... The technique has also been successfully applied to calibration of Two-Colour Planar Laser Induced Fluorescence imaging of temperature distributions in a firing engine [10] . Recent developments have also included applications in shock tubes and high-speed fuel injection jets and mixing [11,12] . ...
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Crank angle-resolved temperatures have been measured using laser induced grating spectroscopy (LIGS) in a motored reciprocating compression machine to simulate diesel engine operating conditions. A portable LIGS system based on a pulsed Nd:YAG laser, fundamental emission at 1064 nm and the fourth harmonic at 266 nm, was used with a c.w. diode-pumped solid state laser as probe at 660 nm. Laser induced thermal grating scattering (LITGS) using resonant absorption by 1-methylnaphthalene, as a substitute fuel, of the 266 nm pump-radiation was used for temperature measurements during non-combusting cycles. Laser induced electrostrictive grating scattering (LIEGS) using 1064 nm pump-radiation was used to measure temperatures in both combusting and non-combusting cycles with good agreement with the results of LITGS measurements which had a single-shot precision of ± 15 K and standard error of ± 1.5 K. The accuracy was estimated to be ± 3 K based on the uncertainty involved in the modified equation of state used in the derivation from the LIGS measurements of sound speed in the gas. Differences in the in-cylinder bulk gas temperature between combusting and non-combusting cycles were unambiguously resolved and temperatures of 2300 ± 100 K, typical of flames, were recorded in individual cycles. The results confirm the potential for LIGS-based thermometry for high-precision thermometry of combustion under compression-ignition conditions.
... ment and data acquisition system is sketched in Fig. 3 . A detailed characterization of the shock tube facility can be found e.g. in Förster et al. (2015) . ...
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In this study, n-hexane was compressed beyond six times its critical pressure and discharged into argon at subcritical pressure (with respect to the injectant). The injection temperature systematically varied from sub- to supercritical values to investigate near-critical disintegration phenomena of retrograde jets. Here, the ratio of the pressure in the nozzle reservoir and chamber was always above 14 leading to highly-expanded injections. We analyzed the breakup process in terms of combined shadowgraphy and light scattering measurements. Close to the critical point, different physical mechanisms have been observed. Their occurrence is predominantly determined by the expansion process resulting from the thermodynamic conditions in nozzle reservoir and chamber in combination with thermodynamic properties of the injectant. The experimental images for near- but subcritical injection temperatures imply that a fluid in liquid state expands in the nozzle and atomizes downstream of it. For sufficiently low backpressures, high liquid superheats trigger rapid vapor formation across a thin transition layer inside the nozzle that leads to a choked two-phase flow. A thermodynamic model that assumes a discontinuous phase transition layer and uses metastable fluid properties provides a physical explanation of the resulting underexpanded two-phase disintegration downstream of the nozzle exit. An increase to supercritical injection temperatures increases the compressibility of the fluid within the nozzle. An isentropic flow analysis showed that this triggers choking at thermodynamic states in the supercritical pressure regime resulting in the discharge of a sonic single-phase fluid. The expansion within the Mach barrel can lead to a supersaturated fluid state at near-critical temperature. In this case, a sharp phase transition front established approximately half a nozzle diameter downstream of the exit. We defined a dimensionless parameter to characterize the two-phase extent in underexpanded jets with near-critical phase transition based on initial injection conditions and retrograde fluid properties. We deduced the axial extent of the two-phase region from light scattering signals for a wide parameter range and demonstrate that it features a clear dependency upon the proposed parameter, which demonstrates its feasibility.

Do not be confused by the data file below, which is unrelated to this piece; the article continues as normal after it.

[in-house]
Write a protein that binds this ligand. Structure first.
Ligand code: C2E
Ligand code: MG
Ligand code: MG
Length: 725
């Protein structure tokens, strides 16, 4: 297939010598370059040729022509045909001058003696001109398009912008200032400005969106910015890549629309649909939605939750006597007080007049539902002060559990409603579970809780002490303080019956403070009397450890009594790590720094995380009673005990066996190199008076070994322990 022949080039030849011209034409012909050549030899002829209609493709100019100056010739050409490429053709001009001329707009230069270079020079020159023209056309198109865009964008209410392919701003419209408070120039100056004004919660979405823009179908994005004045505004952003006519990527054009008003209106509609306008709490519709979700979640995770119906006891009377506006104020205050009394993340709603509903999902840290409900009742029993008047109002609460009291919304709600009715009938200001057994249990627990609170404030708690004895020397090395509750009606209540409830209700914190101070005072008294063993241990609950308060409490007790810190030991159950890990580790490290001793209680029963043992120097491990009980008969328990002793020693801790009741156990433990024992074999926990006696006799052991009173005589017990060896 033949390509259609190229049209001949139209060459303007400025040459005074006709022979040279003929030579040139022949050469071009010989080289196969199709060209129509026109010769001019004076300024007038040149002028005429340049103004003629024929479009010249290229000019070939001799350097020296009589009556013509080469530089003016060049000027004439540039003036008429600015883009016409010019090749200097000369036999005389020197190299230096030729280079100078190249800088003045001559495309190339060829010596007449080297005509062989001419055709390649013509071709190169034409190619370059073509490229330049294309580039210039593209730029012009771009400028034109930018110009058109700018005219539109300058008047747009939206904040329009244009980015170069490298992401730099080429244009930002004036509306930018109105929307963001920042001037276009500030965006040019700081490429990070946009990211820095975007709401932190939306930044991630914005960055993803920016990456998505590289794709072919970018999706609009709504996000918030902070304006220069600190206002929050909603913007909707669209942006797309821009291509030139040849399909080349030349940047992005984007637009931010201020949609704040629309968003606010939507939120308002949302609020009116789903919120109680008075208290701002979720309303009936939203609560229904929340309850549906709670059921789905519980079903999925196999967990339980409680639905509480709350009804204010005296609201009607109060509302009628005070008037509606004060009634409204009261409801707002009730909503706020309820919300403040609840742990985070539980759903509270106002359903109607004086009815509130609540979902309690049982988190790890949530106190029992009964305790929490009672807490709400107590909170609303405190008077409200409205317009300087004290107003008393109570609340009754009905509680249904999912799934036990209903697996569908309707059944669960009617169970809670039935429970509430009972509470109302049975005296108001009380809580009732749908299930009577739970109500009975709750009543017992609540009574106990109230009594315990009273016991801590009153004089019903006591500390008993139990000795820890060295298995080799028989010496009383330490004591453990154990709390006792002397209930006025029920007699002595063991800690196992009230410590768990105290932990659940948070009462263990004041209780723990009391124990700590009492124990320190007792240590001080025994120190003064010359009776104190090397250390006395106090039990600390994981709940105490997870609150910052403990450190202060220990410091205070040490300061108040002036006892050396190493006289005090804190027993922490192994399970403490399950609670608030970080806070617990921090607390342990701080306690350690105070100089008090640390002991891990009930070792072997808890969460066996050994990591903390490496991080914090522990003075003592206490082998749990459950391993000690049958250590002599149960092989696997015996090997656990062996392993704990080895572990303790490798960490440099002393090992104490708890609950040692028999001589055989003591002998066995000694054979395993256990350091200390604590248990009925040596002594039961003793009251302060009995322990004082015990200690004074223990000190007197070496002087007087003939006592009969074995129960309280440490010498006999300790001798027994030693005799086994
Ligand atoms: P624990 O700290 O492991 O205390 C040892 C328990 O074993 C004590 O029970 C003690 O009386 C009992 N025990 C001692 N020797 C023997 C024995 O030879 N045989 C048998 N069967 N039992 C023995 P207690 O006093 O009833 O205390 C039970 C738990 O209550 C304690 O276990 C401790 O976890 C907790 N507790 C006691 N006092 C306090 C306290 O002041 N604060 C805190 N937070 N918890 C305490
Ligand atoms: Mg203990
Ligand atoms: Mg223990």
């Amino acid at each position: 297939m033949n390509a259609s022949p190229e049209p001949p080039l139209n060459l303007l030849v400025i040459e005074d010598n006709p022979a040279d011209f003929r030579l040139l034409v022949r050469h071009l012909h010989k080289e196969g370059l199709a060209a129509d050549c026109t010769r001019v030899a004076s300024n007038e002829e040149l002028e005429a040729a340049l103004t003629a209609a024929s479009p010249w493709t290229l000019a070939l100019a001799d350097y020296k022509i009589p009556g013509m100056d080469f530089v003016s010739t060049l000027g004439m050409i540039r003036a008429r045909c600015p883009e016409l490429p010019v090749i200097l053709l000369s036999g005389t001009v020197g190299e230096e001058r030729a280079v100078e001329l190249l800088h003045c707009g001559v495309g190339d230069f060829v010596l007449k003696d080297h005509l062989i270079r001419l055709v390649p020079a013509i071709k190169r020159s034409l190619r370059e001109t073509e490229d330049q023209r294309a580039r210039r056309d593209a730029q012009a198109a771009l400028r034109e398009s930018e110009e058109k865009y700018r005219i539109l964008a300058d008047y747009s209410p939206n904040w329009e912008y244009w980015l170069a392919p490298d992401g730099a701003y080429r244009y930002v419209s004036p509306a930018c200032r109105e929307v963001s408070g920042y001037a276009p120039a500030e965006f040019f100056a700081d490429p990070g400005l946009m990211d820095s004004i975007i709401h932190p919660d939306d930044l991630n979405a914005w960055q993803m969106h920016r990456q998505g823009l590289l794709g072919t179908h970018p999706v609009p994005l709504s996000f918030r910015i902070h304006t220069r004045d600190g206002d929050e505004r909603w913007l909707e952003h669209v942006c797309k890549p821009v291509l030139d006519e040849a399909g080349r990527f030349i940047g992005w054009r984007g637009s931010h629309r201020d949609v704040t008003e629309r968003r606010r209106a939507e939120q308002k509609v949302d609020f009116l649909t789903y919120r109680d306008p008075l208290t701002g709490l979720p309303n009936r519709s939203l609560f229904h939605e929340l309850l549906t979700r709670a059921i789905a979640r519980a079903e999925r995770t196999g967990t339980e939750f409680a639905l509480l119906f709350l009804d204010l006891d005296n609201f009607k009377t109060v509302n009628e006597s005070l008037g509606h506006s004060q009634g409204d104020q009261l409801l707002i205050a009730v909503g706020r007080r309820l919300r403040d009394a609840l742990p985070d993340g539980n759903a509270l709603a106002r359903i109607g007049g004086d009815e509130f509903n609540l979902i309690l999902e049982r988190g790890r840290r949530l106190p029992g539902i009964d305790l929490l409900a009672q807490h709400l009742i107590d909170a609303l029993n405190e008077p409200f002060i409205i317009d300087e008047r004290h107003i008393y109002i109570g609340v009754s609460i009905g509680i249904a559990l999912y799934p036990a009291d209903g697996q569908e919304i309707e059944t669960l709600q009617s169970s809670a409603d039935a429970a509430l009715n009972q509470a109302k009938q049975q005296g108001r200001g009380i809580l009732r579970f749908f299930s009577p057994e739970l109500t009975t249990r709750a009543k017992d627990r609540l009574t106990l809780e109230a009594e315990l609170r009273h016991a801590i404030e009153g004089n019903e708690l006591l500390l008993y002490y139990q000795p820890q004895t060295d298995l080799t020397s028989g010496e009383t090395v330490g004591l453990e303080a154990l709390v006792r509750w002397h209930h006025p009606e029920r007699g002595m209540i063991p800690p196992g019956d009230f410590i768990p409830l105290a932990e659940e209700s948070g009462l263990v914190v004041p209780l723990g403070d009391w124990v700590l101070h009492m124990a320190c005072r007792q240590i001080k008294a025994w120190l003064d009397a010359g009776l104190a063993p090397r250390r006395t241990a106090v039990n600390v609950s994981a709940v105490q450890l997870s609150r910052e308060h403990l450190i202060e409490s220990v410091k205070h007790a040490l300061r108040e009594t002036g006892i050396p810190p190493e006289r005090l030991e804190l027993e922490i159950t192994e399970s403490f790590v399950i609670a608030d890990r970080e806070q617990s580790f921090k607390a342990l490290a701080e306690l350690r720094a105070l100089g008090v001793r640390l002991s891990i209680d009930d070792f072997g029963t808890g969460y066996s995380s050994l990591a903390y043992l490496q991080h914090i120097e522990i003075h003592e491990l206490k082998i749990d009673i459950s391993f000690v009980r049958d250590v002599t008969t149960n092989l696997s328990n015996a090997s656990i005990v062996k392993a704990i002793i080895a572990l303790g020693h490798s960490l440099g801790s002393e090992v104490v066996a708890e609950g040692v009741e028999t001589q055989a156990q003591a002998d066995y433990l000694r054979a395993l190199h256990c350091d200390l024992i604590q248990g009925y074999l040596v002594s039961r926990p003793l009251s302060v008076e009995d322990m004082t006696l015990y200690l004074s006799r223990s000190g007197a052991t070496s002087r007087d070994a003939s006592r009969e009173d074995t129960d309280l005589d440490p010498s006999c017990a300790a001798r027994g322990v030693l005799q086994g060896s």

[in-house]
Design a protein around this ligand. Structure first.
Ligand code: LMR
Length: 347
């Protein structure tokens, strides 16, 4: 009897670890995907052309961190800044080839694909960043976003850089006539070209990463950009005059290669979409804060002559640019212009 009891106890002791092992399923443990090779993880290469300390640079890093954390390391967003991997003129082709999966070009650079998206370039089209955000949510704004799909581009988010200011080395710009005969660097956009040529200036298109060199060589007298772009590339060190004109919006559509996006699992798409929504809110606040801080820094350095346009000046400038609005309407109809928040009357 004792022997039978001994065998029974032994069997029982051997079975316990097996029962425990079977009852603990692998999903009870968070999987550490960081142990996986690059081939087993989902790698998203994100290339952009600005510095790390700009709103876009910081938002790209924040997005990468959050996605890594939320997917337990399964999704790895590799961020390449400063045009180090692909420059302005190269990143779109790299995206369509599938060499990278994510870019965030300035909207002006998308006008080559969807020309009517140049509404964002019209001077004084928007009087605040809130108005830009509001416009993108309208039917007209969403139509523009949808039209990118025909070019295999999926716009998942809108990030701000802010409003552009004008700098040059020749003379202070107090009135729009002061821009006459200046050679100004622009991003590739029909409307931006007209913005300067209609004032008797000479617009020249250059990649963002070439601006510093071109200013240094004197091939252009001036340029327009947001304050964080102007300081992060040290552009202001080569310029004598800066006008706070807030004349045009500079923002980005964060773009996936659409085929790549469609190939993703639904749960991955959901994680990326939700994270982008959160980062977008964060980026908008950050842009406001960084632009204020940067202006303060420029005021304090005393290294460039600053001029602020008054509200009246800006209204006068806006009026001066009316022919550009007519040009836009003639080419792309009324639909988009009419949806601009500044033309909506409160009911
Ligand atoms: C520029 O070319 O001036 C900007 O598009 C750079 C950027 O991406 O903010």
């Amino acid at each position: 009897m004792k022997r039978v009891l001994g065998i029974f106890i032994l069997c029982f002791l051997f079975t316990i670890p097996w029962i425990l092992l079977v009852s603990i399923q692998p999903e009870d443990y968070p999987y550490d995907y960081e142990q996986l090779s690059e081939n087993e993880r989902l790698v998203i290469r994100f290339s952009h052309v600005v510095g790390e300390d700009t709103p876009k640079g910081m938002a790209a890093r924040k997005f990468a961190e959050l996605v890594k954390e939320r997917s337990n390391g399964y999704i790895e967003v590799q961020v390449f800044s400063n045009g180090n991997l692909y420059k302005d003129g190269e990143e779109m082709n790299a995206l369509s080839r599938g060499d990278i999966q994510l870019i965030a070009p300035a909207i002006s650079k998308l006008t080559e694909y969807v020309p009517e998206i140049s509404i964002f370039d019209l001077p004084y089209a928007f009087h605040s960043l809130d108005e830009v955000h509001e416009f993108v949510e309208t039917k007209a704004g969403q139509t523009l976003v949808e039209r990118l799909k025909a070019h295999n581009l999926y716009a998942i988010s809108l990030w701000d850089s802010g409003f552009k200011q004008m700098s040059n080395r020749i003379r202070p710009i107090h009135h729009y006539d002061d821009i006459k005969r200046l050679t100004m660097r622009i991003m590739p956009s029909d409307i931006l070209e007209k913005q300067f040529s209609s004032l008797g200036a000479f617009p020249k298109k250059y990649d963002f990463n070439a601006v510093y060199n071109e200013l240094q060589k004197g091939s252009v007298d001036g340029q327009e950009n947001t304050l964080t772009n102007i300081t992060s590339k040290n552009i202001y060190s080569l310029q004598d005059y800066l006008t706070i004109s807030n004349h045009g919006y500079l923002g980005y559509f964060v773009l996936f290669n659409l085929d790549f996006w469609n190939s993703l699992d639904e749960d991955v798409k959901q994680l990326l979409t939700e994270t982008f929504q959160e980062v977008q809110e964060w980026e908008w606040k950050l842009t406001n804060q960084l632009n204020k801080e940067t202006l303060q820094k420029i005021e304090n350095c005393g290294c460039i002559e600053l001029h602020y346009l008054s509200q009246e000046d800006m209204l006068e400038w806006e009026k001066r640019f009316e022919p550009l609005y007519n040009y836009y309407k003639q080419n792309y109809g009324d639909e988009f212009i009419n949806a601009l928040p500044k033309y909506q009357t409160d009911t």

... The optical arrangement is illustrated in Fig. 4. Note again that it is adapted from earlier versions of the setup described in Förster et al. (2015) and Baab et al. (2016). The description here is, therefore, limited to the essentials like the wavelengths of the excitation ( = 1064 nm ) and interrogation beams ( = 532 nm ). ...
... The corresponding constant of proportionality is found in a calibration experiment using a system with known thermodynamic properties. The calibration procedure is identical to the one in Förster et al. (2015), where the effect of uncertainties from the calibration is found to be within 1.3%. One of the important features of LITA is that this characteristic frequency is also found if the LITA is heavily deteriorated by scattering events caused for instance by inhomogeneous density fields along the beam path lengths and turbulence. ...
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We report a comprehensive speed of sound database for multi-component mixing of underexpanded fuel jets with real gas expansion. The paper presents several reference test cases with well-defined experimental conditions providing quantitative data for validation of computational simulations. Two injectant fluids, fundamentally different with respect to their critical properties, are brought to supercritical state and discharged into cold nitrogen at different pressures. The database features a wide range of nozzle pressure ratios covering the regimes that are generally classified as highly and extremely highly underexpanded jets. Further variation is introduced by investigating different injection temperatures. Measurements are obtained along the centerline at different axial positions. In addition, an adiabatic mixing model based on non-ideal thermodynamic mixture properties is used to extract mixture compositions from the experimental speed of sound data. The concentration data obtained are complemented by existing experimental data and represented by an empirical fit.